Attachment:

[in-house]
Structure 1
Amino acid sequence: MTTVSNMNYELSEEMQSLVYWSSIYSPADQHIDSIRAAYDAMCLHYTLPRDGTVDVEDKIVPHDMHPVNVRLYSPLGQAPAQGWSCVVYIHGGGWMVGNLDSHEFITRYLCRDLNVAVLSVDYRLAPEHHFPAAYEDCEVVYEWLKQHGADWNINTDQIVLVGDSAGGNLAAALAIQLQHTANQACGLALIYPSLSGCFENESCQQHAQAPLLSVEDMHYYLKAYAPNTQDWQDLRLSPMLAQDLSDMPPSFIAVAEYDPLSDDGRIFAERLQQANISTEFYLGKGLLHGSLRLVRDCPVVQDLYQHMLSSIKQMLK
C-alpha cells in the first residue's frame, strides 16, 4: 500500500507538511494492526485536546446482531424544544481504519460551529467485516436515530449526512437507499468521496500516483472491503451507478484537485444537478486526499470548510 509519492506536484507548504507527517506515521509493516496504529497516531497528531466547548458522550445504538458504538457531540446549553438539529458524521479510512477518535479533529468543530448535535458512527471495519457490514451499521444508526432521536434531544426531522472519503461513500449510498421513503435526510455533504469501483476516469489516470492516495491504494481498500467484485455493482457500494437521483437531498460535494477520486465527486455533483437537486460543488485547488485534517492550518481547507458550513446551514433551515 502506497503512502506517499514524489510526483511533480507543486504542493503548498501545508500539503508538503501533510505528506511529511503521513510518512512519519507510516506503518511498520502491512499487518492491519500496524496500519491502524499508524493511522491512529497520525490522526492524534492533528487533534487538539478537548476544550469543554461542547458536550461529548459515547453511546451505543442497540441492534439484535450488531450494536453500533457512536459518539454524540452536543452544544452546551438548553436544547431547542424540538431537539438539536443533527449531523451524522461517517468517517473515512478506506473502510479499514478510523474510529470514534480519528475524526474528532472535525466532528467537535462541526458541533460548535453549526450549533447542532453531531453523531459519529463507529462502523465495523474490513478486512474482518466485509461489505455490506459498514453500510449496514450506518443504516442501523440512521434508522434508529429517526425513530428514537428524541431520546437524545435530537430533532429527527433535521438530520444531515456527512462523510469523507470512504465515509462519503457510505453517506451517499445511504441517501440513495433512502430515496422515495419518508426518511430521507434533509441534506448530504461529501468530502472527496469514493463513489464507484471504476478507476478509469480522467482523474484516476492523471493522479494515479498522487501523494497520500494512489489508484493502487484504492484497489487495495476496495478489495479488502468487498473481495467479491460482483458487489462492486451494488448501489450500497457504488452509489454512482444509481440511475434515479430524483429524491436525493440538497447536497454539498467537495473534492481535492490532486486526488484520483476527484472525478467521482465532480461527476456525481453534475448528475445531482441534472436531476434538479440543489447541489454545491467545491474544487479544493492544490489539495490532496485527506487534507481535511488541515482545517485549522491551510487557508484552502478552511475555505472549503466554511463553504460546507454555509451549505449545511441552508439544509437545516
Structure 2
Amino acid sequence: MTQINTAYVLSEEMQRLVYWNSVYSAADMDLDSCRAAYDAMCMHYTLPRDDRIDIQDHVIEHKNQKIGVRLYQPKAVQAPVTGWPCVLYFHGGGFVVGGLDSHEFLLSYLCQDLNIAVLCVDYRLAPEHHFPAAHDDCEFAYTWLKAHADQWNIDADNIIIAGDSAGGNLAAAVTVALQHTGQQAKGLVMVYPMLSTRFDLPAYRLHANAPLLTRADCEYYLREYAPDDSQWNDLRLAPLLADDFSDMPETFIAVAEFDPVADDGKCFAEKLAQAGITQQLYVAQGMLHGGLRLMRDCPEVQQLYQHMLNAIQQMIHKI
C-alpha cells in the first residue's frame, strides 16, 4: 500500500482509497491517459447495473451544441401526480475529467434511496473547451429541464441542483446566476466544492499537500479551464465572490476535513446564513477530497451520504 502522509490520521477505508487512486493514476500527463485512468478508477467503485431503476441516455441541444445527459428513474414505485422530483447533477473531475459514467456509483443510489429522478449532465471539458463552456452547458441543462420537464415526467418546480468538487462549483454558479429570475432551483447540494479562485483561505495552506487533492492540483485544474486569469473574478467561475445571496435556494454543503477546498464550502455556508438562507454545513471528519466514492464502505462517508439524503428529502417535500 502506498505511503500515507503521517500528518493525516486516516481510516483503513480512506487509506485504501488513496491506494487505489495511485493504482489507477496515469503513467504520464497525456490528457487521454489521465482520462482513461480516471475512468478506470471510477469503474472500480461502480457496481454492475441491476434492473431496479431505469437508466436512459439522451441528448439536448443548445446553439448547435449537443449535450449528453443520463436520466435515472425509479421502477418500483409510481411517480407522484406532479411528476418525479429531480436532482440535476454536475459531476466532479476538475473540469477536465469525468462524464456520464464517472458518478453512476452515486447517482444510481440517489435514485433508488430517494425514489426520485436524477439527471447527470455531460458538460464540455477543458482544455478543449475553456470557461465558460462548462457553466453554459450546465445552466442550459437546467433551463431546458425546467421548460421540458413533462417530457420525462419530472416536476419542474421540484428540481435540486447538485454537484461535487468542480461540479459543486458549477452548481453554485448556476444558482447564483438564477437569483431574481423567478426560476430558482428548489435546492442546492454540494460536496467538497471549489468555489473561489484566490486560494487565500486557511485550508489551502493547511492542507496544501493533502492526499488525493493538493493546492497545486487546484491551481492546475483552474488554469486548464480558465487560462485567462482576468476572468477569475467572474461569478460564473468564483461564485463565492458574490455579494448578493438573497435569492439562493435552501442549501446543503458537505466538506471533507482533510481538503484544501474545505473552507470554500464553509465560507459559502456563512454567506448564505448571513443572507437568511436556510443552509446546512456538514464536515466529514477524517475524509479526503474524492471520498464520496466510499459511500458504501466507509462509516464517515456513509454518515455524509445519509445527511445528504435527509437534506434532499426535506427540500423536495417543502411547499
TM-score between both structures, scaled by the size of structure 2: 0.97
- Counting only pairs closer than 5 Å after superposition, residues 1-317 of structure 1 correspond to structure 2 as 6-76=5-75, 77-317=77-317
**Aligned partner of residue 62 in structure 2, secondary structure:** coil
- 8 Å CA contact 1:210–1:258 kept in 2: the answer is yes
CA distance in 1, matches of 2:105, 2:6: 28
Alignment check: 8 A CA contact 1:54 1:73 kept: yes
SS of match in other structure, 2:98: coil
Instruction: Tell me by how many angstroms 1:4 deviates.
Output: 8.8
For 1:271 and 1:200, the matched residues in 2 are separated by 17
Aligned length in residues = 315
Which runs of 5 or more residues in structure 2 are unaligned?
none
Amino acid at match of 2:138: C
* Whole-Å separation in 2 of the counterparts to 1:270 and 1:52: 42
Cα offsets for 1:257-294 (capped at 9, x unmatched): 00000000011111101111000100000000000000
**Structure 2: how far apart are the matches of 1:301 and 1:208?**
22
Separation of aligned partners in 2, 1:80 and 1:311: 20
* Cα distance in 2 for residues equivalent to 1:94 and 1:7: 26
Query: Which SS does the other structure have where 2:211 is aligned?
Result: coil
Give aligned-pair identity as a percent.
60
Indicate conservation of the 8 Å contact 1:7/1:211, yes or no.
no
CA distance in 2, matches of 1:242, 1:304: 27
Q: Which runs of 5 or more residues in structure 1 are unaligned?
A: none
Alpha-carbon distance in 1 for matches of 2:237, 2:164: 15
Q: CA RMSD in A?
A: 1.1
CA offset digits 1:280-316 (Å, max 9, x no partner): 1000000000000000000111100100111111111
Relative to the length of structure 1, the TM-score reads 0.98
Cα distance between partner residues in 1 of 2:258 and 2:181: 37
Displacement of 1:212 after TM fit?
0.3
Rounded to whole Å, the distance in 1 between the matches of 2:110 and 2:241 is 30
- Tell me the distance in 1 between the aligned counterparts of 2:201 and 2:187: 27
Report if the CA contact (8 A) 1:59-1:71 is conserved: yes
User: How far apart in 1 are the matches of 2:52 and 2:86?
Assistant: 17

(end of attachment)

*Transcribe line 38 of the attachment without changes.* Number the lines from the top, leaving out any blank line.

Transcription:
Q: CA RMSD in A?